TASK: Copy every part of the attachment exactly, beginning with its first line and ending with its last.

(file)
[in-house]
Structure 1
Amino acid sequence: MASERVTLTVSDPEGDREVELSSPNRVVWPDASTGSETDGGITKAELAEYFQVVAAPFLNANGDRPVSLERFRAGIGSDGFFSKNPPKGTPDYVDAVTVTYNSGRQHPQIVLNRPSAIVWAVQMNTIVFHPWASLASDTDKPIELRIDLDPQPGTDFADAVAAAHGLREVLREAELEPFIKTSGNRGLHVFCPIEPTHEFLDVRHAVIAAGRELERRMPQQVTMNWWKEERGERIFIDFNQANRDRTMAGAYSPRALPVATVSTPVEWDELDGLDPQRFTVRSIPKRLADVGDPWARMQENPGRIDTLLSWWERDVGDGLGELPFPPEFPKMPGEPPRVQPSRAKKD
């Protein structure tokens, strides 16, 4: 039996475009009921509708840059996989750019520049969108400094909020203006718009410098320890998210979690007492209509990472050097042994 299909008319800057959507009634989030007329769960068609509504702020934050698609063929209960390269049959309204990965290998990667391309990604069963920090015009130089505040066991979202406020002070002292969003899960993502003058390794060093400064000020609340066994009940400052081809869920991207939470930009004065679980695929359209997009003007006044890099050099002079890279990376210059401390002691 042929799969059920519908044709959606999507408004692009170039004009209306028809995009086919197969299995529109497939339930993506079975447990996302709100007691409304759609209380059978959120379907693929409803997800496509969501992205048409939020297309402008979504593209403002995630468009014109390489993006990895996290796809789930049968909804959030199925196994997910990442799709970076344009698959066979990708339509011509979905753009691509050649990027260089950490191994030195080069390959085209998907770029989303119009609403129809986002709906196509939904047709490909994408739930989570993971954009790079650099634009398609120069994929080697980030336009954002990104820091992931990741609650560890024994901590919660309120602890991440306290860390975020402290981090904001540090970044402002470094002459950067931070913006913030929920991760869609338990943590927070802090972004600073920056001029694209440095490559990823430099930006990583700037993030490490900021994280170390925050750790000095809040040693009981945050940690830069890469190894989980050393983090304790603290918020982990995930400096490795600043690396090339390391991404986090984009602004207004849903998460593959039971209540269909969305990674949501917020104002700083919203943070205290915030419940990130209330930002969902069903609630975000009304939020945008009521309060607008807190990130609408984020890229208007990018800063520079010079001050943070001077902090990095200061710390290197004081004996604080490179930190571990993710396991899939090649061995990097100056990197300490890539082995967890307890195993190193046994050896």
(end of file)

[in-house]
Structure 1
Amino acid sequence: MASERVTLTVSDPEGDREVELSSPNRVVWPDASTGSETDGGITKAELAEYFQVVAAPFLNANGDRPVSLERFRAGIGSDGFFSKNPPKGTPDYVDAVTVTYNSGRQHPQIVLNRPSAIVWAVQMNTIVFHPWASLASDTDKPIELRIDLDPQPGTDFADAVAAAHGLREVLREAELEPFIKTSGNRGLHVFCPIEPTHEFLDVRHAVIAAGRELERRMPQQVTMNWWKEERGERIFIDFNQANRDRTMAGAYSPRALPVATVSTPVEWDELDGLDPQRFTVRSIPKRLADVGDPWARMQENPGRIDTLLSWWERDVGDGLGELPFPPEFPKMPGEPPRVQPSRAKKD
């Protein structure tokens, strides 16, 4: 039996475009009921509708840059996989750019520049969108400094909020203006718009410098320890998210979690007492209509990472050097042994 299909008319800057959507009634989030007329769960068609509504702020934050698609063929209960390269049959309204990965290998990667391309990604069963920090015009130089505040066991979202406020002070002292969003899960993502003058390794060093400064000020609340066994009940400052081809869920991207939470930009004065679980695929359209997009003007006044890099050099002079890279990376210059401390002691 042929799969059920519908044709959606999507408004692009170039004009209306028809995009086919197969299995529109497939339930993506079975447990996302709100007691409304759609209380059978959120379907693929409803997800496509969501992205048409939020297309402008979504593209403002995630468009014109390489993006990895996290796809789930049968909804959030199925196994997910990442799709970076344009698959066979990708339509011509979905753009691509050649990027260089950490191994030195080069390959085209998907770029989303119009609403129809986002709906196509939904047709490909994408739930989570993971954009790079650099634009398609120069994929080697980030336009954002990104820091992931990741609650560890024994901590919660309120602890991440306290860390975020402290981090904001540090970044402002470094002459950067931070913006913030929920991760869609338990943590927070802090972004600073920056001029694209440095490559990823430099930006990583700037993030490490900021994280170390925050750790000095809040040693009981945050940690830069890469190894989980050393983090304790603290918020982990995930400096490795600043690396090339390391991404986090984009602004207004849903998460593959039971209540269909969305990674949501917020104002700083919203943070205290915030419940990130209330930002969902069903609630975000009304939020945008009521309060607008807190990130609408984020890229208007990018800063520079010079001050943070001077902090990095200061710390290197004081004996604080490179930190571990993710396991899939090649061995990097100056990197300490890539082995967890307890195993190193046994050896």